A Blood Test for MS is on It's Way
After 12 years of research, scientists have discovered a blood More
TurnFirst Makes First Major Research Grant
The TurnFirst Foundation pledged $30,000 to the Huang Laboratory at More
TurnFirst Fall/Winter Newsletter 2016
* 2016 RDS Research Award to Investigate Brain Repair in More
Categories
Archives
A
A
A

Yale researchers solve multiple sclerosis puzzle

May 13, 2015

Evidence has long suggested multiple sclerosis (MS) is an autoimmune disease, but researchers have been puzzled because they found the same T cells that attack the myelin sheathing around nerve cells in MS patients are present in healthy subjects as well.

Now researchers from the Yale School of Medicine and colleagues at the Massachusetts Institute of Technology (MIT) report that auto-reactive T cells in MS patients produce different types of inflammatory hormones called cytokines than they do in healthy subjects.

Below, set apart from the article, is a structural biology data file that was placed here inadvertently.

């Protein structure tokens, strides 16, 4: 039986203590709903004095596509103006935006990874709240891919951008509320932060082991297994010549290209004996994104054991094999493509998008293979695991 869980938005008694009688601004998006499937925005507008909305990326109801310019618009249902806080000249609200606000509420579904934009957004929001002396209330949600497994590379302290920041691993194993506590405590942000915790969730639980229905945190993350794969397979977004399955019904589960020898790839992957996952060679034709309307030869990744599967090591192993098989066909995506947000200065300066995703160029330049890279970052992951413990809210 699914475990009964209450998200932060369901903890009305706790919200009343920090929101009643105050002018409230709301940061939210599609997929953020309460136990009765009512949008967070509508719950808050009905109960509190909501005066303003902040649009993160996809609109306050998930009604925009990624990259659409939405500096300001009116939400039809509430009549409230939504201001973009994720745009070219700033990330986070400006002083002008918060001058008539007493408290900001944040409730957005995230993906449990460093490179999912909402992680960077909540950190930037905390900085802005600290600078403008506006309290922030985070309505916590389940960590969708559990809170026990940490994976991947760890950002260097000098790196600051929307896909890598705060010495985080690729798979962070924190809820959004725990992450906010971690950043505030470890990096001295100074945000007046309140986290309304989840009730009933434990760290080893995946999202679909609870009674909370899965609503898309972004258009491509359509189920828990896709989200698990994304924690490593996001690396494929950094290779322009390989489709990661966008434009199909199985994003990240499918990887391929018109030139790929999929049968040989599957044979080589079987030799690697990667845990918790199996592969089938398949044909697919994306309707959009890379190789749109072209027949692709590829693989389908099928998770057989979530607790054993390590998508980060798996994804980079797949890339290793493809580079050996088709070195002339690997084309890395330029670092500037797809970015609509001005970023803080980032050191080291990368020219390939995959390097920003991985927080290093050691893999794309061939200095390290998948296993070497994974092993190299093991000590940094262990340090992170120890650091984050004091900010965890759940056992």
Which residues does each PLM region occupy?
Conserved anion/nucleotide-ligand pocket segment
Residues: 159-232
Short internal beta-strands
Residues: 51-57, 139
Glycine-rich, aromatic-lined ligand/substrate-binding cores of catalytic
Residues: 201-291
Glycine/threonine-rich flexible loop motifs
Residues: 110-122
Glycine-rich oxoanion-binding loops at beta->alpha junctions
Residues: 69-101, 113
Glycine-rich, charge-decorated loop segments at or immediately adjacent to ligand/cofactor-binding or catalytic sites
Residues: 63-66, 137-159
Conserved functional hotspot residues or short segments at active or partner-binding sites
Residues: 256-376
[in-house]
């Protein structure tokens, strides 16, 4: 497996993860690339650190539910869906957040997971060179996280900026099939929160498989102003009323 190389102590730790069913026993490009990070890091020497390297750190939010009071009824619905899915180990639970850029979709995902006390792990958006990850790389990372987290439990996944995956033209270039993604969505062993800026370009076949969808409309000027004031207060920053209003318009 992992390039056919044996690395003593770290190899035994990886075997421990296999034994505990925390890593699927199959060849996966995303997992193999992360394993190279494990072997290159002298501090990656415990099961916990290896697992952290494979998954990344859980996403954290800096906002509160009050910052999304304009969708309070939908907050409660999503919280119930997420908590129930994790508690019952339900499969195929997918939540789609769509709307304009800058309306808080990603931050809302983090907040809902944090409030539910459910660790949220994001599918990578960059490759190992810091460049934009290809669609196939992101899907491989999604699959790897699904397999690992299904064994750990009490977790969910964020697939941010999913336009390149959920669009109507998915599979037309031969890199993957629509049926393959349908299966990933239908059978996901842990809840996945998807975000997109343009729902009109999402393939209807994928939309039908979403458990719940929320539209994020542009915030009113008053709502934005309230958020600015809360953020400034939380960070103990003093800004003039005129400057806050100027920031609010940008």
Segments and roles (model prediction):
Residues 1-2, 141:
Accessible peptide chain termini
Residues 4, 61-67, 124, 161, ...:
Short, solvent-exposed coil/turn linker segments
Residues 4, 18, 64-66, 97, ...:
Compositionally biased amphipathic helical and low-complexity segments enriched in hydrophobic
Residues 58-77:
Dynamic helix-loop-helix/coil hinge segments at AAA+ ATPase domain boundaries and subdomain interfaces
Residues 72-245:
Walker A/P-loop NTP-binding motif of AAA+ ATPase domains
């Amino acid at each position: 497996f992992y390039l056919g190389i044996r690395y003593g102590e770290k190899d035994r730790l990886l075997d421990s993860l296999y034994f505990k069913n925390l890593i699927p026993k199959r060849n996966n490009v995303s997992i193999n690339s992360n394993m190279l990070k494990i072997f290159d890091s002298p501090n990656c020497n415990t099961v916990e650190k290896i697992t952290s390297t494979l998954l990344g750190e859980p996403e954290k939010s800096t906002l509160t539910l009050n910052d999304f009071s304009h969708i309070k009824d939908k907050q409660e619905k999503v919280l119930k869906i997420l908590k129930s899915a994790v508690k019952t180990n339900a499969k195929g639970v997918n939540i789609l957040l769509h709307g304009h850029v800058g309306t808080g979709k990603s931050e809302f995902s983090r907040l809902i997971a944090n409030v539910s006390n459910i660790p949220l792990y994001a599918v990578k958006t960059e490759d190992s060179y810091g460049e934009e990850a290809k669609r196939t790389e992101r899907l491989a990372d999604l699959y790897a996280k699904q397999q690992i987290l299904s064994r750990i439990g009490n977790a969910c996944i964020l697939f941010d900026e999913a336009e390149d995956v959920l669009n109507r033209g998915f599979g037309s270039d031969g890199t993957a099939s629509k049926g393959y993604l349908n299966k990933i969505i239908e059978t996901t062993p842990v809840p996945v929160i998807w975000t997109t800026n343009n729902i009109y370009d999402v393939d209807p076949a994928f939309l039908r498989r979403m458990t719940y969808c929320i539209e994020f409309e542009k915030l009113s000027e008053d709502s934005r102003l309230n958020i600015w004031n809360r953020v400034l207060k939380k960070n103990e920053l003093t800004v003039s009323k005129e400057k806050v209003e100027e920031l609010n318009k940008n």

“In most people, these T cells are acting to repair tissue, but in MS patients, they do damage to the nervous system,” said Dr. David Hafler, the William S. and Lois Stiles Edgerly Professor of Neurology and senior author of the study, published May 14 in the journal Science Translational Medicine.

The Yale-led team analyzed T cell populations from 23 MS patients and 22 healthy controls. Existing drugs target the MS-specific cytokines identified in the study and should be a promising new treatment for the disease, the authors say.

Hafler also noted that the same sort of process might be found in other autoimmune diseases, such as rheumatoid arthritis and Type 1 diabetes.

CLICK HERE FOR FULL ARTICLE

Comments

News Updates and Reports

Researchers are constantly finding new breakthroughs in MS research. Use this page to keep up to date on the latest news.

Headlines:

2016

 

2015:

2014:

2013:

2012:

2011:

2010:

2009:

2008:

2007:

MS News Sources:

Events:

Source: Compiled by TurnFirst Foundation